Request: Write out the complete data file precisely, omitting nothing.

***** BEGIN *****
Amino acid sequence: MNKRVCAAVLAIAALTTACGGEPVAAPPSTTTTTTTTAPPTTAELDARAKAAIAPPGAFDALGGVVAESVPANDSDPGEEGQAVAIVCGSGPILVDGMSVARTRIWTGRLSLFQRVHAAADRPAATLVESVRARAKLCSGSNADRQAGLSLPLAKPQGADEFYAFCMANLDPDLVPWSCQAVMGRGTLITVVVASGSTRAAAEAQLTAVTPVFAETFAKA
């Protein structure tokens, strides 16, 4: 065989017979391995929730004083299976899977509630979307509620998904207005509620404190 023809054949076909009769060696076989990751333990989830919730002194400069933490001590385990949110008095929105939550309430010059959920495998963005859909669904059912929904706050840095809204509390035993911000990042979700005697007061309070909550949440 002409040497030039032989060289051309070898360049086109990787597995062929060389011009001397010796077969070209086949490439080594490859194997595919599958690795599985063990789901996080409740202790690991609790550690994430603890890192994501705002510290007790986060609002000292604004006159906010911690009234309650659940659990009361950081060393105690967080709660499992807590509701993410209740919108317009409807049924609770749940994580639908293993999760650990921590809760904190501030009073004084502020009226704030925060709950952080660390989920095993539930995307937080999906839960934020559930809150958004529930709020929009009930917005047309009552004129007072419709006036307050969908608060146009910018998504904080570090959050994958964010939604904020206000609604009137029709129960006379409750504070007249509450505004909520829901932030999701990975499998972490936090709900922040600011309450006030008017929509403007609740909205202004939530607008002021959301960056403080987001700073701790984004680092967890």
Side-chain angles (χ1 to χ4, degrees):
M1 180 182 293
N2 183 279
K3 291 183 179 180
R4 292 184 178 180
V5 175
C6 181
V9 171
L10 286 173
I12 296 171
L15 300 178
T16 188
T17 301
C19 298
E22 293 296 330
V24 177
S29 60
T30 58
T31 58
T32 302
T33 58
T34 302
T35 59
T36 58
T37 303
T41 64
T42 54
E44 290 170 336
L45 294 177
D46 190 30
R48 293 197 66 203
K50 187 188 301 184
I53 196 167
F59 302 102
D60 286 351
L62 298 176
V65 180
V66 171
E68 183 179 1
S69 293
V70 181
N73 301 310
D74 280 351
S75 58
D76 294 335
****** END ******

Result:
Amino acid sequence: MNKRVCAAVLAIAALTTACGGEPVAAPPSTTTTTTTTAPPTTAELDARAKAAIAPPGAFDALGGVVAESVPANDSDPGEEGQAVAIVCGSGPILVDGMSVARTRIWTGRLSLFQRVHAAADRPAATLVESVRARAKLCSGSNADRQAGLSLPLAKPQGADEFYAFCMANLDPDLVPWSCQAVMGRGTLITVVVASGSTRAAAEAQLTAVTPVFAETFAKA
């Protein structure tokens, strides 16, 4: 065989017979391995929730004083299976899977509630979307509620998904207005509620404190 023809054949076909009769060696076989990751333990989830919730002194400069933490001590385990949110008095929105939550309430010059959920495998963005859909669904059912929904706050840095809204509390035993911000990042979700005697007061309070909550949440 002409040497030039032989060289051309070898360049086109990787597995062929060389011009001397010796077969070209086949490439080594490859194997595919599958690795599985063990789901996080409740202790690991609790550690994430603890890192994501705002510290007790986060609002000292604004006159906010911690009234309650659940659990009361950081060393105690967080709660499992807590509701993410209740919108317009409807049924609770749940994580639908293993999760650990921590809760904190501030009073004084502020009226704030925060709950952080660390989920095993539930995307937080999906839960934020559930809150958004529930709020929009009930917005047309009552004129007072419709006036307050969908608060146009910018998504904080570090959050994958964010939604904020206000609604009137029709129960006379409750504070007249509450505004909520829901932030999701990975499998972490936090709900922040600011309450006030008017929509403007609740909205202004939530607008002021959301960056403080987001700073701790984004680092967890």
Side-chain angles (χ1 to χ4, degrees):
M1 180 182 293
N2 183 279
K3 291 183 179 180
R4 292 184 178 180
V5 175
C6 181
V9 171
L10 286 173
I12 296 171
L15 300 178
T16 188
T17 301
C19 298
E22 293 296 330
V24 177
S29 60
T30 58
T31 58
T32 302
T33 58
T34 302
T35 59
T36 58
T37 303
T41 64
T42 54
E44 290 170 336
L45 294 177
D46 190 30
R48 293 197 66 203
K50 187 188 301 184
I53 196 167
F59 302 102
D60 286 351
L62 298 176
V65 180
V66 171
E68 183 179 1
S69 293
V70 181
N73 301 310
D74 280 351
S75 58
D76 294 335